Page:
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October 7, 1905


JAMA. 1905;XLV(15):1091. doi:10.1001/jama.1905.02510150055012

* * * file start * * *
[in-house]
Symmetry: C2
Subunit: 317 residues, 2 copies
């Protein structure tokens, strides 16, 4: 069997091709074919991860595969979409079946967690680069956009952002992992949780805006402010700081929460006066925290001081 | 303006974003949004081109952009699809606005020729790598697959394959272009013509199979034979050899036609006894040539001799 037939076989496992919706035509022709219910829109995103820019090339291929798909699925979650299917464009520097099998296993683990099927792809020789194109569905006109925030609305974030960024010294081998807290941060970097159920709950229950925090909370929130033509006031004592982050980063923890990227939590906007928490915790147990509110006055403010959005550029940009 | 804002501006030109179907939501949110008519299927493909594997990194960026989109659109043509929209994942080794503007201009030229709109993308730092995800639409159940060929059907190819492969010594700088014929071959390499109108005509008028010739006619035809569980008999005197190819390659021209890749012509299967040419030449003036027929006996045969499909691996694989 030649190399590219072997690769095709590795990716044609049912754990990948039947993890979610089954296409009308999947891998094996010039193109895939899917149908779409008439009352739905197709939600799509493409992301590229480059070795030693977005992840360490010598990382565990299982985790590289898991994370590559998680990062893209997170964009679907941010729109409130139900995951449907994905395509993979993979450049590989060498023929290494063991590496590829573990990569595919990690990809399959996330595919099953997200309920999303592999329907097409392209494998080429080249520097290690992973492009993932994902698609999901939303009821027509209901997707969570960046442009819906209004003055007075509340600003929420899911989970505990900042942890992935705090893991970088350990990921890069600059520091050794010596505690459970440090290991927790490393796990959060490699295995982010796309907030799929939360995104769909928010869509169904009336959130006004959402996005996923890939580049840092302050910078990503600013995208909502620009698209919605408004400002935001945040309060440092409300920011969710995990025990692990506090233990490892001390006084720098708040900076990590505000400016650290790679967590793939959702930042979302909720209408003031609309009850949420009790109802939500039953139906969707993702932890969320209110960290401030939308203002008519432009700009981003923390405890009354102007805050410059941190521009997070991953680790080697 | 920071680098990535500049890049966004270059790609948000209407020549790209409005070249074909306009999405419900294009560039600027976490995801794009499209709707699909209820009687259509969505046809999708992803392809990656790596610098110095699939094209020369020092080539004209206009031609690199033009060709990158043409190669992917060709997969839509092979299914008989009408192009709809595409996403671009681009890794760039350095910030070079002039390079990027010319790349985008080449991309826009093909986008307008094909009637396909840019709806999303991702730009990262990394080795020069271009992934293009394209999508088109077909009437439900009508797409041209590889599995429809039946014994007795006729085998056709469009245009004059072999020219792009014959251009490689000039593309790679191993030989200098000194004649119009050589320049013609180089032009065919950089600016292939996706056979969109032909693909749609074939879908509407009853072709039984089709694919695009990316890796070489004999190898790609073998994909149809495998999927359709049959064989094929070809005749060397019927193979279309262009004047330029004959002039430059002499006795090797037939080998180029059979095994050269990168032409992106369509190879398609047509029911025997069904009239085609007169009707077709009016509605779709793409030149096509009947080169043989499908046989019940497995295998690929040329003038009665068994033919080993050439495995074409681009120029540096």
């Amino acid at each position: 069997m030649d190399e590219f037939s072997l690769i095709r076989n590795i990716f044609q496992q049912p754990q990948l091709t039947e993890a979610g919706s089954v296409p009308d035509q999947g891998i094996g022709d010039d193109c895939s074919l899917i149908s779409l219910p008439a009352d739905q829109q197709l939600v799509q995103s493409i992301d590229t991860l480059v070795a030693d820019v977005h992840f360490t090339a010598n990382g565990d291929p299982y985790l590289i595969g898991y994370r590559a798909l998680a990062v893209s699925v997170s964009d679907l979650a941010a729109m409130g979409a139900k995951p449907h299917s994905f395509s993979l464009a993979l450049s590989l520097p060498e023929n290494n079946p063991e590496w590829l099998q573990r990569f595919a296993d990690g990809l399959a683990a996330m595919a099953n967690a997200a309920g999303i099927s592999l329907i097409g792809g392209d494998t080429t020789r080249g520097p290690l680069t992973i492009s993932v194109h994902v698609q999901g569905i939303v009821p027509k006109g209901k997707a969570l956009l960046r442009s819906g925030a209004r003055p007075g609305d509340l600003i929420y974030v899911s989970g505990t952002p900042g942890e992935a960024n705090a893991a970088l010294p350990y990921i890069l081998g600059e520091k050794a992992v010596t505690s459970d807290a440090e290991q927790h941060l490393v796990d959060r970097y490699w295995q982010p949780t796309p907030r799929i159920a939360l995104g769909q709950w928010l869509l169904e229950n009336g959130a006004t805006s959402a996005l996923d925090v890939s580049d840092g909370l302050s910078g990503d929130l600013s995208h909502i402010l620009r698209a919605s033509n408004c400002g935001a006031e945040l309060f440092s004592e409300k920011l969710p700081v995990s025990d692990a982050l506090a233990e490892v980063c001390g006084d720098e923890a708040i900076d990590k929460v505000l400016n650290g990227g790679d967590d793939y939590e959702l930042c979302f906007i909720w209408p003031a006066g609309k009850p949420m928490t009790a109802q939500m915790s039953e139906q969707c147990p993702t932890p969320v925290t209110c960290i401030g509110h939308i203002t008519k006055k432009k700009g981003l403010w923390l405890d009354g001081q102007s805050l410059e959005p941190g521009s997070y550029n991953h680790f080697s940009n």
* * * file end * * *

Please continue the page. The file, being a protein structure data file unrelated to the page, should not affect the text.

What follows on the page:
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It is to be hoped that the outbreaks of typhoid fever, which occur from time to time in various localities and which are usually carefully analyzed in relation to cause, are making a strong impression on the public. The infection is usually due to carelessness—often in either water or milk supply. An instructive report1 of a study of the Palo Alto epidemic is just received; the milk was at fault in this case. Of the total 236 cases in the epidemic, 216 used milk supplied by one dairyman; 16 others may have been secondary infection, although they used milk supplied by the same milkman; 2 cases were infected while away, and only 2 cases occurred without known connection with the objectionable milk or with previous cases. The portion of the pamphlet by Dr. W. F. Snow on the source of infection in the milk supply shows careful analysis and

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